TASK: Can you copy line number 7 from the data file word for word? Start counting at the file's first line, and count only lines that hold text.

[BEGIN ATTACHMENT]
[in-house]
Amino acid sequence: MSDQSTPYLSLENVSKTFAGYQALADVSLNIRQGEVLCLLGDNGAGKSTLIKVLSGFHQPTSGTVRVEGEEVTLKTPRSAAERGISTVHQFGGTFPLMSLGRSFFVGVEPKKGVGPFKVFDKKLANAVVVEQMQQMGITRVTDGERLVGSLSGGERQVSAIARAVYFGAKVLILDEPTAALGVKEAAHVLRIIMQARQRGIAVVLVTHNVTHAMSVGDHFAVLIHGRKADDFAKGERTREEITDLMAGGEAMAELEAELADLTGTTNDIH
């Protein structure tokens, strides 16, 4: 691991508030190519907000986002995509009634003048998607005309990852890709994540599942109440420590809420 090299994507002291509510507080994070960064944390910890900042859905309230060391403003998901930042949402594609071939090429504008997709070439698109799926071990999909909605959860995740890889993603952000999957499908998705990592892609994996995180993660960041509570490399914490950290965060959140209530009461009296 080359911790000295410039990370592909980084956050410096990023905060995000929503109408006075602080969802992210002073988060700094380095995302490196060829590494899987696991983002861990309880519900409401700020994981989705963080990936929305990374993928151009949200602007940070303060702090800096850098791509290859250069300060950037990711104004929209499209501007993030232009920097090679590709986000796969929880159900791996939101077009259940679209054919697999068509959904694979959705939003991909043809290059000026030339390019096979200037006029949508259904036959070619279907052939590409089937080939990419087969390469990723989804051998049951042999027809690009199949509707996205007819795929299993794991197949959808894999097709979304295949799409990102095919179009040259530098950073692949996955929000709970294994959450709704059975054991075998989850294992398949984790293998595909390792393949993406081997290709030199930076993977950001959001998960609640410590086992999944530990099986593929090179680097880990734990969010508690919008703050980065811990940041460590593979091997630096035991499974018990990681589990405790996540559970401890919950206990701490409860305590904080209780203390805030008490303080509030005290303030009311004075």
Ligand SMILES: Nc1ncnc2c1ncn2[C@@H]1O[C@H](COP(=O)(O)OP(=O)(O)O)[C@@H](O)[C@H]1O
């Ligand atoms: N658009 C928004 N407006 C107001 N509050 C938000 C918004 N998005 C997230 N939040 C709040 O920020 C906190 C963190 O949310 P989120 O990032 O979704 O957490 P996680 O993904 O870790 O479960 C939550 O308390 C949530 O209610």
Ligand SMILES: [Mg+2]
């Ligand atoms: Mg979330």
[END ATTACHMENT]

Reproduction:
């Ligand atoms: Mg979330």